Issues around deliverability of water in the Murray-Darling Basin will be peer-reviewed by an independent expert panel after a Victorian Government proposal was agreed to at the Ministerial Council in Canberra on Sunday.
Victoria proposed an independent panel to peer-review the Murray River Capacity Risks Project to learn from this season’s deliverability shortfalls and better understand risks to future water delivery. This will ensure both the environment and the rights of existing entitlement holders are protected.
Members of the panel and the terms of reference will be agreed to by the Commonwealth and all basin states — with a report due back at the next Ministerial Council meeting.
Victoria and NSW pressed for an investigation into the modelling of constraints in the rivers, but could not get universal agreement, so the two states will go it alone on this work.
Victorian Water Minister Lisa Neville said the Ministerial Council had a united front on the critical importance of the agreed socio-economic criteria underpinning further water recovery — reiterating there would be no further buybacks unless it could be proven this would not negatively impact basin communities.
She said Victoria was on track to deliver its targets under the basin plan without further buybacks — which would force already high water prices up further and take vital water needed for farms out of our regions.
Other commitments secured by Ms Neville on key issues included an agreed collaborative response to the Productivity Commission report and agreements on greater community involvement in decisions made by the Commonwealth Environmental Water Holder to provide increased transparency.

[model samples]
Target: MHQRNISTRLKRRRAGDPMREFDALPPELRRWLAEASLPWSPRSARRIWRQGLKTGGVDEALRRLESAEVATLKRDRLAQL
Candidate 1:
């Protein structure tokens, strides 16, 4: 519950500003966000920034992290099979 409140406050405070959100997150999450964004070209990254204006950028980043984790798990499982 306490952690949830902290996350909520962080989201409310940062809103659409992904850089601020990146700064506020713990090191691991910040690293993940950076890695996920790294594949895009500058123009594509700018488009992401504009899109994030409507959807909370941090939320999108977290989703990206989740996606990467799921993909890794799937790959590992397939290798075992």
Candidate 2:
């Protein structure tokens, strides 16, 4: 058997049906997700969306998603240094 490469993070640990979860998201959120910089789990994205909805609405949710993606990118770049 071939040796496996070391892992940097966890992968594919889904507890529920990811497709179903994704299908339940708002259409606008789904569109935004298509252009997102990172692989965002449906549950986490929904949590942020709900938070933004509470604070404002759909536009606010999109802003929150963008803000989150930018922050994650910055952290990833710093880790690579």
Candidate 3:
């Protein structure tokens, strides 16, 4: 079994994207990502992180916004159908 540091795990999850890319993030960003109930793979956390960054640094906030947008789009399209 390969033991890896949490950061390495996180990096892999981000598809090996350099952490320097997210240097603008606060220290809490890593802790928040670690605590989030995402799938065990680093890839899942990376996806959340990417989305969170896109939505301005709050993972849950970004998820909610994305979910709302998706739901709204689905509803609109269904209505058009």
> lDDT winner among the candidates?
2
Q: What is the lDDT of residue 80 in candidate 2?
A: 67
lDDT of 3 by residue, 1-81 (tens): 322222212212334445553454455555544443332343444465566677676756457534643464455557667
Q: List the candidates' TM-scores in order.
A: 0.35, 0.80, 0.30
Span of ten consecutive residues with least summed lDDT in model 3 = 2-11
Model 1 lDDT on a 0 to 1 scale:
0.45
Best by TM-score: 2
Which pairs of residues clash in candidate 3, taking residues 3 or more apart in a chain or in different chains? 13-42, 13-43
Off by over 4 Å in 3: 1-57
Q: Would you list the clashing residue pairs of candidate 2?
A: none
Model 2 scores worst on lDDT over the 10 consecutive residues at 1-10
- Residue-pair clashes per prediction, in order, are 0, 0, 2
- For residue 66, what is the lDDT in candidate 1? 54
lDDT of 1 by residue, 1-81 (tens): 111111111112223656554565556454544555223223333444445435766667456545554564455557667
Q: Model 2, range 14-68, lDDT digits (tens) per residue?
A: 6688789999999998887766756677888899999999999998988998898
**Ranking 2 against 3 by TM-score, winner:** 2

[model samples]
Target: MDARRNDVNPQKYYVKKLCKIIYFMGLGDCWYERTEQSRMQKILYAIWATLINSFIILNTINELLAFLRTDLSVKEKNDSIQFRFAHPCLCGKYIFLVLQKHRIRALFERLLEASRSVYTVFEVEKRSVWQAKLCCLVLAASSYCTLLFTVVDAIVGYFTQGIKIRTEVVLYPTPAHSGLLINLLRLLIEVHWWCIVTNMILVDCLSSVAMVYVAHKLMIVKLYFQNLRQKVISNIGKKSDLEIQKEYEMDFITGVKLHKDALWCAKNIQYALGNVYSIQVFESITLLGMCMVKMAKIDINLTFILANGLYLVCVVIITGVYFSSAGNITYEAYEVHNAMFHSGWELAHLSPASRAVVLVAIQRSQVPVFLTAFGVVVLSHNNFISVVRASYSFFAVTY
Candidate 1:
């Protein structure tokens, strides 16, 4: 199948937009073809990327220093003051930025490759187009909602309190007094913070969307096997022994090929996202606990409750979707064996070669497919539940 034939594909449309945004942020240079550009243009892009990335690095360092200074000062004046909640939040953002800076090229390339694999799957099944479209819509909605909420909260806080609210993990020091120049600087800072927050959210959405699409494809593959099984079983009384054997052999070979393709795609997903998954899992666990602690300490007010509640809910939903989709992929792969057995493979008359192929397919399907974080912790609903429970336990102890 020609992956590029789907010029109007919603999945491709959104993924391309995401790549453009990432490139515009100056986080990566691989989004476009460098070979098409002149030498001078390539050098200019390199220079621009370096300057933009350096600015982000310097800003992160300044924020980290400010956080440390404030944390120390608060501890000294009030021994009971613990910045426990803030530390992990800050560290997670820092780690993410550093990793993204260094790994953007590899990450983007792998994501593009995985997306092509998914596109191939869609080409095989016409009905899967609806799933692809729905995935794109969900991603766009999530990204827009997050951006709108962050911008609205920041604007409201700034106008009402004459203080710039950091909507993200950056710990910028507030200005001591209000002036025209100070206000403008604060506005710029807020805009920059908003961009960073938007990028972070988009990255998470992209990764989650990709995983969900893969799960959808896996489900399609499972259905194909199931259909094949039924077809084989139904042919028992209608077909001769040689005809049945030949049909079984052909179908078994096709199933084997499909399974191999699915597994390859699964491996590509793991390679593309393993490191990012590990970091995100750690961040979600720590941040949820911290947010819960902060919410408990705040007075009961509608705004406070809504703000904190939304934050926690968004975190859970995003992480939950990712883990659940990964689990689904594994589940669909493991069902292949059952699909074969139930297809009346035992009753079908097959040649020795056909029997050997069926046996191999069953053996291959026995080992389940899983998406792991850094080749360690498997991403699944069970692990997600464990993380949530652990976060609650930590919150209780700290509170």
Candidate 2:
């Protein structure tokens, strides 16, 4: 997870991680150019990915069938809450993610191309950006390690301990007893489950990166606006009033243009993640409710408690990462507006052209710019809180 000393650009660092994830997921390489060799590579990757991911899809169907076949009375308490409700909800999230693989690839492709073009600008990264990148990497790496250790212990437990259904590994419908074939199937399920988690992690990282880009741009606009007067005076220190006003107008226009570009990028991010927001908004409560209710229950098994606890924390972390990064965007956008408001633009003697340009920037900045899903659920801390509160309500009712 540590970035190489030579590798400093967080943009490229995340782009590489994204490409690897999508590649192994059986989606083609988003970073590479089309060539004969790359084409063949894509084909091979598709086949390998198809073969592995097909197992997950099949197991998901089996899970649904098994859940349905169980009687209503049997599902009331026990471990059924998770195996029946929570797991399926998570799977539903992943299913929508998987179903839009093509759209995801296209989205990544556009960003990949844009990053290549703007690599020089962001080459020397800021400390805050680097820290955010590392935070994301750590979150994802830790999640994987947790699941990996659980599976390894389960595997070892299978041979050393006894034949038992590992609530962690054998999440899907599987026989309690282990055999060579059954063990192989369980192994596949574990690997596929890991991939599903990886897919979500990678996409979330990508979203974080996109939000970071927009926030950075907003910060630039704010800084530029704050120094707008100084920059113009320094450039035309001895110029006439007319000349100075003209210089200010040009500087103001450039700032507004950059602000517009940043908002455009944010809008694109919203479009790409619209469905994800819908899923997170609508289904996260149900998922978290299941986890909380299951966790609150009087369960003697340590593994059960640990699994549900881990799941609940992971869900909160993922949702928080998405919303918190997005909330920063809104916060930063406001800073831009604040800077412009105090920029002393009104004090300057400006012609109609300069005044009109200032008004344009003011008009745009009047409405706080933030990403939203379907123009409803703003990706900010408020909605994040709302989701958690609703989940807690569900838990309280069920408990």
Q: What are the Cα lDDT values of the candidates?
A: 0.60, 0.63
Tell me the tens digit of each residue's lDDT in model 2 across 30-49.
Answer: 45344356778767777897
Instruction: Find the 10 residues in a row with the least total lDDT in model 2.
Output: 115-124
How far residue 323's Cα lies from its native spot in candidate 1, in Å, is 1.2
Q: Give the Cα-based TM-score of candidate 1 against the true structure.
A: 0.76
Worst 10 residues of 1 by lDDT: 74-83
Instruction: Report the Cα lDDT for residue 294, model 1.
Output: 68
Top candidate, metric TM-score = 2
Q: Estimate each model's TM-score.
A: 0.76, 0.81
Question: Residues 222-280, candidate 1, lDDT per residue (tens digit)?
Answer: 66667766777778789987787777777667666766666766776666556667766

‘‘I’ve seen first hand the impact high trade and high water flows this year had on the Goulburn River — which is why we need to get the balance right when it comes to protecting both the environment and existing water users,’’ Ms Neville said.
‘‘Victoria has already taken action to limit extraction but there is more to be done across the system, which is why I proposed this peer-review panel today to accelerate this critical work.’’
A new independent umpire will be appointed to police the Murray-Darling Basin, crack down on water theft and restore trust between states.
Federal Water Resources Minister David Littleproud said the independent umpire would have the power to investigate suspected water theft, as well as ensure that efficiency and recovery projects were delivered across the river system.
Northern Basin Commissioner and former federal police commissioner Mick Keelty will become the interim inspector-general until federal parliament passes legislation to create the role.